April 24, 2005
Weathered By Change
Outside the train windows as I write this, it is impossible
to ignore the arrival of spring. Green is sprouting everywhere;
the seasons are changing from winter to spring, overdue but
Change. Along with death and taxes, change is the constant.
Nothing stays the same, no matter how hard one hopes to hold
onto a particular moment. Moments are just that: moments.
Last week at CINE, a film and video organization based in
Washington, D.C., the Lifetime Achievement Award was presented
to Roger Ebert who was introduced by film critic Tom Shales.
What follows next is a paraphrase of Mr. Shales words.
He talked about the power of film, the role of the critic
in commenting upon film and its reflection of individuals,
each carrying forward their selves, trapped within the shell
of a particular being, from birth to death. We cannot escape
ourselves even while we are constantly changing, moment to
moment. We are the additive sum of all events that have happened
to us while constantly evolving as a result of those events.
We are the sum of triumphs, tragedies, laughter, tears, pratfalls,
broken love affairs, all the things that have happened to
us, creating one I, one unique character on a
planet filled with billions of them.
Looking around me, I see others are changing too. A friend
of mine has tempered and matured recently as the result of
the stresses of her job. She is the same person and different.
Cities change. New York is New York but it is always a little
different everyday. Something goes up; something comes down
but its soul remains. Los Angeles is a state of mind; constantly
changing its mind.
Gail Sheehey wrote a book called Passages and
another specifically about the passages men make, passing
from one phase of life to another. A small thing can suddenly
result in embarking on a life changing internal journey from
one continent in ones world to another. Or it can be
triggered by something larger, a 9/11, when both the city
and its inhabitants began a passage, neither ever being the
Couples go through changes and passages; sometimes they are
frightening maelstroms of emotion, suddenly precipitated and
perhaps only articulated in a sudden, single moment, but once
a bridge has been crossed, nothing will be quite the same
It does not mean it wont be better; it will just not
be the same.
We are all living in a state of flux and there are times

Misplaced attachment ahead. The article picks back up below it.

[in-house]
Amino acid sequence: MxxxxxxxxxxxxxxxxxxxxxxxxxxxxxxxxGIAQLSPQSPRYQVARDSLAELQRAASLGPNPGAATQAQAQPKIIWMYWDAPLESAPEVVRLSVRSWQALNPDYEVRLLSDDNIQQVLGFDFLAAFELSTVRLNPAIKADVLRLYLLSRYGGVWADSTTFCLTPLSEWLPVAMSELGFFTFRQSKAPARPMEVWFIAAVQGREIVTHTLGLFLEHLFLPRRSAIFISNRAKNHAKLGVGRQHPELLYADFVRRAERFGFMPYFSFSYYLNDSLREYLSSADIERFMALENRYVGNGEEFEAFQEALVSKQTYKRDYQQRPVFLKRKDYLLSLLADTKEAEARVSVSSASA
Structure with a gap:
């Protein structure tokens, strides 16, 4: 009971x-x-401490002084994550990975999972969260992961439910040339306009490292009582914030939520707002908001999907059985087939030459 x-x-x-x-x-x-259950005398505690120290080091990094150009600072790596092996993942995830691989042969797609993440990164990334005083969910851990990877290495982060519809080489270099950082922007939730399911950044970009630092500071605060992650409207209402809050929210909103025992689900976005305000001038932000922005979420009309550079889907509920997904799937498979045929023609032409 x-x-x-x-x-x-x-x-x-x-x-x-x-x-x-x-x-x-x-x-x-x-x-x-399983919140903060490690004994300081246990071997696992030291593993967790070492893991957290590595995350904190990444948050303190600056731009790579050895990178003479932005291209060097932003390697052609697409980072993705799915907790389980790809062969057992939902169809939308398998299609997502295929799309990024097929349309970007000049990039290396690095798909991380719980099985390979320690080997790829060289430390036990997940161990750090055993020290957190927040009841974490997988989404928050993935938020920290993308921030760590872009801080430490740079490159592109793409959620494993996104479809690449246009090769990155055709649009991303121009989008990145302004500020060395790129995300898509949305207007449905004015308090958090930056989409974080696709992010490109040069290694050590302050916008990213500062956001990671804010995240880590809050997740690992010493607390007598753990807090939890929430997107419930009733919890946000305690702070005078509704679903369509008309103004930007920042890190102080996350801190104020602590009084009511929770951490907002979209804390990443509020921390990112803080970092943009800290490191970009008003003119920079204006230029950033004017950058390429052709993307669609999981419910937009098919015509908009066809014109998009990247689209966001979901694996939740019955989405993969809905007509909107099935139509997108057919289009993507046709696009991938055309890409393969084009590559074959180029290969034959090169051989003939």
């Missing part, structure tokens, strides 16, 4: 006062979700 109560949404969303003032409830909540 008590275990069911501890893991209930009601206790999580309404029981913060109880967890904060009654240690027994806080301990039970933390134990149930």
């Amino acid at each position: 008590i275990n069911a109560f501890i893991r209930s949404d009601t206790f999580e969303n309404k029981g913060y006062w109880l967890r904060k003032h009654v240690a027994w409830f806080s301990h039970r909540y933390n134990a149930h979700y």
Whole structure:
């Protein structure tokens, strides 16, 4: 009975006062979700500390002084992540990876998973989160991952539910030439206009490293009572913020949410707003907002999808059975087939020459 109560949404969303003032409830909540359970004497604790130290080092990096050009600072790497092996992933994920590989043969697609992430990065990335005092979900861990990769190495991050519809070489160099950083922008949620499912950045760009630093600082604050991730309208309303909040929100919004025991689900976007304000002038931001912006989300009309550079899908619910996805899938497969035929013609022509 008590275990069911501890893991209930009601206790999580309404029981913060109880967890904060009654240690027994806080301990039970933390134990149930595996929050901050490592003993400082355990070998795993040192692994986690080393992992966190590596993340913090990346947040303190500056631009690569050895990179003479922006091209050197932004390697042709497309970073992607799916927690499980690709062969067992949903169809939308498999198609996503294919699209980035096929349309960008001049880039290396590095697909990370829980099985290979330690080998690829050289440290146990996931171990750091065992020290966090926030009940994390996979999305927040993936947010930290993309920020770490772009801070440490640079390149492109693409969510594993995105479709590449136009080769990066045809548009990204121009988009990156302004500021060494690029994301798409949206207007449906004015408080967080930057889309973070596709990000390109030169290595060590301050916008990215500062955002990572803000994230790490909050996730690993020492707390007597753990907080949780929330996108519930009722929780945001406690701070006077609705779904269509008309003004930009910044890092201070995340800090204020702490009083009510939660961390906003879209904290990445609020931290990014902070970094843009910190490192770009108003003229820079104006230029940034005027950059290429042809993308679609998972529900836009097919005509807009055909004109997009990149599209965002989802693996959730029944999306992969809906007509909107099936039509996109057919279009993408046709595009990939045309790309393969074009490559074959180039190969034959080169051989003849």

when that flux is so frightening we revert to old behaviors
in an effort to find comfort against the internal storm.
Confronting mortality is frightening. Is it any wonder that
at mid-life, a younger person seems more attractive than the
current companion? Many, male and female, yearn at some point
to return to a period of their life when their hearts were
young and not burdened by the cares of children, long term
relationships, aging, sickly parents, career disappointments,
their own physical pains? Who does not want at some moment
or other to be twenty-five again, if only for a time?
Yet change is uncomfortable and frightening. We have a certain
natural resistance to it. Frequently we do our best to avoid
it. Look at the Catholic Church. John Paul II is gone so,
in almost record time, the conclave of Cardinals elected the
man who had been called his vice Pope. His apparent
theological inflexibility is as comforting to many as it is
concerning to others. But it is definitely a move to hold
the status quo for at least a bit longer. At 78, he might
not reign for long though he seems spry enough to surprise.
[Am I the only one to wonder: have we not devoted a surprising
amount of attention to the passing of one Pope and the election
of the next? It seems the whole western world has been acting
Italian and Catholic the last few weeks.]
Popes die, cities re-mould themselves, love affairs inevitably
change, sometimes dying in mid-moment and sometimes growing
deeper once the tsunami passes. It is how we weather change
that defines our strength as individuals, as cities, as nations,
as a race.
Mathew Tombers is Managing Director of Intermat, Inc., (www.intermat.tv)
a television company which executive produces programs and
consults with industry companies on a variety of issues. Intermat,
Inc. is currently involved in approximately thirty hours of
television in various stages for a variety of networks. He
is one of the Executive Producers of OFF TO WAR, a ten hour
series for Discovery Times and for a one hour on international
adoptions for Discovery Health. He has consulted a variety
of companies, including Ted Turner Documentaries, WETA, Betelgeuse
Productions, and Creation Films, Lou Reda Productions as well
as many others.